when the NHL’s todd bertuzzi approached another player from behind and sucker punched him, doing serious damage to the other player’s spine, the whole league, including bertuzzi’s teammates, coaches, and fans, declared he was “out of control”. not a single strand of DNA belonging to any person who’d ever even heard the letters N-H-L before even hinted at the possibility that what he did was okay. he was swiftly punished and when historians mention todd bertuzzi’s name, it will always be with the asterisk: *out of control.

    this is a very simple explanation of how one person can be called out of control, and how one GROUP can be called out of control. you dismissed it as a straw man, but you didn’t really listen to me. i just clearly compared two groups (NHL and islam) and two smaller groups (todd bertuzzi, 19 sept 11 hijackers).

    i have shown how, in the NHL’s case, the individual was out of control, and how, in islam’s case, the religion is out of control.

    happy thanksgiving.

  6. Adam

    Travis, you’re hilarious man.

    I agree with you.

    Ron Artest was definetely scapegoated. I would wager that almost every other player in the NBA would have reacted the same way, placed in Artest’s situation.

    I can’t imagine Stern giving perhaps, Tim Duncan a 70-whatever game suspension for anything. Could you?

    I still think Stern’s reaction was unjust, but I understand that he has an obligation to NBA sponsors and profitors alike. From my vantage point, what Stern did was fault Artest for the inadeqate security at The Palace as well as the poor behaviour of fans.

    Artest did what any normal human being would have done in that situation. The only thing he could really be faulted for was the fact that he went after the wrong fan. That’s all.

    Jaleel White has a view on this matter, I very much agree with:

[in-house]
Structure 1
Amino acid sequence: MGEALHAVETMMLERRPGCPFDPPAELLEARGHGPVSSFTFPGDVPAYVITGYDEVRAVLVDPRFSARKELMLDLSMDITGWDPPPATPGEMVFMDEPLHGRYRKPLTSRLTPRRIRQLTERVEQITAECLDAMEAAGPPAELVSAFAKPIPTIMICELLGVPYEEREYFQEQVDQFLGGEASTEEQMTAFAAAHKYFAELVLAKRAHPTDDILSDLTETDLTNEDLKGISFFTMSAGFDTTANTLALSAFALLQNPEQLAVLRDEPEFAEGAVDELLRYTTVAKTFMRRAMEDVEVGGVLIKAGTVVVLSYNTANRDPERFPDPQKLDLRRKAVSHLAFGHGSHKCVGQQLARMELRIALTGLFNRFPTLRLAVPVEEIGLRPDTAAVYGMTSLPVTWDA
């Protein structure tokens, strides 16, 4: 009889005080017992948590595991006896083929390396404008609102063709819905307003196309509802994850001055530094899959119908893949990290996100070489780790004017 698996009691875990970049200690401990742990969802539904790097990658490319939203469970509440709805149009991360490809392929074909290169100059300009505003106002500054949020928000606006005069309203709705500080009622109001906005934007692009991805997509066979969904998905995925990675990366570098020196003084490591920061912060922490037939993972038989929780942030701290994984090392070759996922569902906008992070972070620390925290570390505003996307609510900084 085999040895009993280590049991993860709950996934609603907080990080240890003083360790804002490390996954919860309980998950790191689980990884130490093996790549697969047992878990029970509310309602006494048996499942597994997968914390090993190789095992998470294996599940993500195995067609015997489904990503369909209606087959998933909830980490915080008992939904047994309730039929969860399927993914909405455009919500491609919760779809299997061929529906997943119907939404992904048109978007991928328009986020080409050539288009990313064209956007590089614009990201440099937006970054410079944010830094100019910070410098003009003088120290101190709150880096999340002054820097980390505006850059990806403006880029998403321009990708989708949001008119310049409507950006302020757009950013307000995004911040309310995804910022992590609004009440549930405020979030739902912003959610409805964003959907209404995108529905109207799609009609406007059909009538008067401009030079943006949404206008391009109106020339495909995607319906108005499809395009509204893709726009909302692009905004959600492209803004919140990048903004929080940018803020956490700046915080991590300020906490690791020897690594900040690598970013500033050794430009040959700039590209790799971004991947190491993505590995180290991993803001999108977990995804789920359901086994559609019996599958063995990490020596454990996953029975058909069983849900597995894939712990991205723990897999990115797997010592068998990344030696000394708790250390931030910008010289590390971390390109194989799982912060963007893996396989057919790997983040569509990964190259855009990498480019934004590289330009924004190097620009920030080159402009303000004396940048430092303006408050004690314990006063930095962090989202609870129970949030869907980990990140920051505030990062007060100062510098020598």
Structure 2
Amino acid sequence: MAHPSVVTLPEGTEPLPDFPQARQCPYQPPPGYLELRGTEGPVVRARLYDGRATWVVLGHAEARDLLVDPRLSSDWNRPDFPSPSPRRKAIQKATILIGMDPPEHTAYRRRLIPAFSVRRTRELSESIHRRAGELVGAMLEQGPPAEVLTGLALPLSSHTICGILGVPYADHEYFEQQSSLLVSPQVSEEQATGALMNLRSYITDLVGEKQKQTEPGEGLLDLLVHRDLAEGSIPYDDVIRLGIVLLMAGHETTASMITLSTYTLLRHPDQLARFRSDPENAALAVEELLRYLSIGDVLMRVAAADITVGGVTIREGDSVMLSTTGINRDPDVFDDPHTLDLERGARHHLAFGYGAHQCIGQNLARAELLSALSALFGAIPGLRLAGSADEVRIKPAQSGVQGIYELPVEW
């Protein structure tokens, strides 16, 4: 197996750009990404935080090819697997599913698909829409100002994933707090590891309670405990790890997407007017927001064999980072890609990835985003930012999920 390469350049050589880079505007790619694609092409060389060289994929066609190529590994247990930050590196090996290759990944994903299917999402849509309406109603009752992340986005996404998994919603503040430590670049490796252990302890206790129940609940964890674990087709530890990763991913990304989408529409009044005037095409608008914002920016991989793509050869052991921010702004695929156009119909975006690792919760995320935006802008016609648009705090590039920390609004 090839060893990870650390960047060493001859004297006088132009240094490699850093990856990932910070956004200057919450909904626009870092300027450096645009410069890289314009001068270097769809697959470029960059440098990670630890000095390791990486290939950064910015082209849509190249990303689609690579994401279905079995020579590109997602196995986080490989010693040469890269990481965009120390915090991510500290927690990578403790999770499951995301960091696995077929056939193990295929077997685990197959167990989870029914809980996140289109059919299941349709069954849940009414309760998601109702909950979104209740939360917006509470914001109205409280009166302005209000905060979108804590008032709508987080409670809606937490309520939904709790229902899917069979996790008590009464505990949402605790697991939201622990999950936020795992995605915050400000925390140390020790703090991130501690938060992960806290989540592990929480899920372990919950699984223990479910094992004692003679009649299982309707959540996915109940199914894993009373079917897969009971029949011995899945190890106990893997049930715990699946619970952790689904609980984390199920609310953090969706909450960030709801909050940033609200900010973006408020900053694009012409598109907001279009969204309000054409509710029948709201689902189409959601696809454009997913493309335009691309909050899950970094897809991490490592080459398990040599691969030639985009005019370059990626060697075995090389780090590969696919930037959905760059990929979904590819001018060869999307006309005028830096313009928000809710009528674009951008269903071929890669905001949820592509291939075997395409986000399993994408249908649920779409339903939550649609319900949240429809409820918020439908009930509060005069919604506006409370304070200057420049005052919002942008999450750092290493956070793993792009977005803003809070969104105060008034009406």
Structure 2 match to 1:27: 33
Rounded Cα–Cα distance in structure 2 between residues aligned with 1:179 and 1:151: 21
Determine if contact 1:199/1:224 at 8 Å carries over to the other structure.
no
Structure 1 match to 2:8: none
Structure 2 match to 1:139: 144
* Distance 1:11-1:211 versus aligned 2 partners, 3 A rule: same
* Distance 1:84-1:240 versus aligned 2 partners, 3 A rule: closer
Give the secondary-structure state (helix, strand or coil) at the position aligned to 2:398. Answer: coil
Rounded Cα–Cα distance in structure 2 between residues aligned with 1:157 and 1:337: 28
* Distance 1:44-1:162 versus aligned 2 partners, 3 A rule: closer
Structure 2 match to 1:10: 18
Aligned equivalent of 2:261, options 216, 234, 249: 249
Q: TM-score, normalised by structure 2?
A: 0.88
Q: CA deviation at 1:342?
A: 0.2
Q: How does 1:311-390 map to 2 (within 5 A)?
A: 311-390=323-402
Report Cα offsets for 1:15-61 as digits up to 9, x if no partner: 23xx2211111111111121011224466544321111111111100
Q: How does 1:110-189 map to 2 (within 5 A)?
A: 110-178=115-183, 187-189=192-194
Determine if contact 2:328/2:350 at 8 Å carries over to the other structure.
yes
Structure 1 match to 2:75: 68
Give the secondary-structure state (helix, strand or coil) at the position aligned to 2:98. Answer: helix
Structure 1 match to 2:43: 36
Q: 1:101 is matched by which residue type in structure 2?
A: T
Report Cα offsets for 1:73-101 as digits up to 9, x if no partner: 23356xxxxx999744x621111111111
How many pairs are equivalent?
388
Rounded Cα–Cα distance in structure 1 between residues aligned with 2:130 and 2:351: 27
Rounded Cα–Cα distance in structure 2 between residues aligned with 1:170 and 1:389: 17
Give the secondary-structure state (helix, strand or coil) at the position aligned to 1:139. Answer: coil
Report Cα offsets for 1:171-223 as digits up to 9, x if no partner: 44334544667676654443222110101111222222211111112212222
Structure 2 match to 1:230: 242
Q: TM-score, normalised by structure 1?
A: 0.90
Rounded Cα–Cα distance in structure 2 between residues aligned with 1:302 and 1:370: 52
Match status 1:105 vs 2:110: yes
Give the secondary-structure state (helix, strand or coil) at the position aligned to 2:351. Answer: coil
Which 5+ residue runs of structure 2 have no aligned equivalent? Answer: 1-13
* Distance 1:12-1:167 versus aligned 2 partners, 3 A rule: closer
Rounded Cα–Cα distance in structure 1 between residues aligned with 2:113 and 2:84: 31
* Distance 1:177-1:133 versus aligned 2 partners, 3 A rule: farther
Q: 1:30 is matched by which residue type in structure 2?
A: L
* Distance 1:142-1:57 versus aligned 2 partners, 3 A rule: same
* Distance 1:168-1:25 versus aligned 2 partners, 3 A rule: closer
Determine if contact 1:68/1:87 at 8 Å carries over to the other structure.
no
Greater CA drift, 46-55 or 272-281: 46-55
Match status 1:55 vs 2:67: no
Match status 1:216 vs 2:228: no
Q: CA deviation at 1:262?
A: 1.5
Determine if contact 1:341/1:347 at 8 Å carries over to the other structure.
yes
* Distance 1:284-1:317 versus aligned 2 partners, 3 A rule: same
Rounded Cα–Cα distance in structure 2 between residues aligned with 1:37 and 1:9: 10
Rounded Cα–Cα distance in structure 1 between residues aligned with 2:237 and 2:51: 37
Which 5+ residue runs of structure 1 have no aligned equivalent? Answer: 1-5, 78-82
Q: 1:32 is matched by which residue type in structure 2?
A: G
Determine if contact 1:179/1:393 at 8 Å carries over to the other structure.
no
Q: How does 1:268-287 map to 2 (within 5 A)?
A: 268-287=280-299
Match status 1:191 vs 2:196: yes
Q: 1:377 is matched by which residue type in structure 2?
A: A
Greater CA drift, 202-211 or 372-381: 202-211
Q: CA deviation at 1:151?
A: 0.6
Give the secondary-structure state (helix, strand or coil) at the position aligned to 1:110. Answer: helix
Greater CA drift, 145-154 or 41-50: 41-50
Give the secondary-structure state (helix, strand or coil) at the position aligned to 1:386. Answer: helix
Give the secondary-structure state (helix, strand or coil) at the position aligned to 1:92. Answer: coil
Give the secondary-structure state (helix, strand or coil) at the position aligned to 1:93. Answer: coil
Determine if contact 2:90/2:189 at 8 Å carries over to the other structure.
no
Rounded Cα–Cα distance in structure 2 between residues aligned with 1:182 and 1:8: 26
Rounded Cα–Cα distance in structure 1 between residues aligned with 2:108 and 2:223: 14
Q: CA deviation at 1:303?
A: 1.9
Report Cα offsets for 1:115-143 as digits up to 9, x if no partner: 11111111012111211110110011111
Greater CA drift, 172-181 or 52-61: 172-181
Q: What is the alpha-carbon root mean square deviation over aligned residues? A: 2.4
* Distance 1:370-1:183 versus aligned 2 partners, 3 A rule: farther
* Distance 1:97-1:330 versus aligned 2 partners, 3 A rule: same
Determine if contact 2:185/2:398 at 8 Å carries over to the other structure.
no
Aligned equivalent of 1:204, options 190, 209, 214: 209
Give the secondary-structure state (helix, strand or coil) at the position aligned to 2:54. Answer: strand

As for the fans who went on the court, it’s not even worth commenting on that one. It was very foolish, not to mention dangerous of them.

    Jermaine O’Neal got too much of a punishment himself.

    Keep the blogs coming

  7. doug

    because of your blatant and extreme anti-hockey bias

    Of course, which is why I spent money to watch you play hockey. Please.

    Travis, just because someone prefers basketball to hockey doesn’t mean they have “blatant and extreme anti-hockey bias.” Just because someone cracks jokes about hockey players with no teeth doesn’t mean they have “blatant and extreme anti-hockey bias.” And when I disagree with you when you whine about how “hockey is better,” that certainly doesn’t prove that I have “blatant and extreme anti-hockey bias.”

    As I said OVER A YEAR AGO on September 18, 2003:

    Travis, this is a futile argument. Why? Because it is NOT AN ARGUMENT! One sport isn’t better than another.

    Have I ever believed hockey, or curling for that matter, to be inferior to basketball? Of course. All children believe that what they do is somehow better than what others do. I’m not sure exactly when I stopped thinking that way, but it was at least over a year ago, as evidenced by my comment to your “hockey is better” post.

    I have come to realize that just because Doug likes something a lot, doesn’t mean that it is inherently better than what Person X likes a lot.

    When you have this epiphany, blog it. Until then, please drop the “hockey is god!” nonsense.

  8. adam, thanks for pointing me to jaleel white’s stuff. my favorite selection:

    Can you imagine a fan throwing a beer onto Charles Barkley during his playing days? I think the word amputee sums up that notion in a nutshell.

    doug, congratulations on your recent turn to relativism and subjectivism. good luck with your new truth.

    i’m reading thomas nagel’s the last word [click] right now, but i don’t have it with me at my thanksgiving hideaway. i’ll quote you some of it for you in response, as soon as i get back.

  9. […] for our previous coverage of very public meltdowns and melees, see: *howard dean (the now-famous “then we’ll go to washington to take back the white house — yeeeaargh!”) *ron artest and the indiana pacers (the malice at the palace; i still think ron artest was justified going into the stands, btw) Posted by travis in travis, politics, morality, video, technology | […]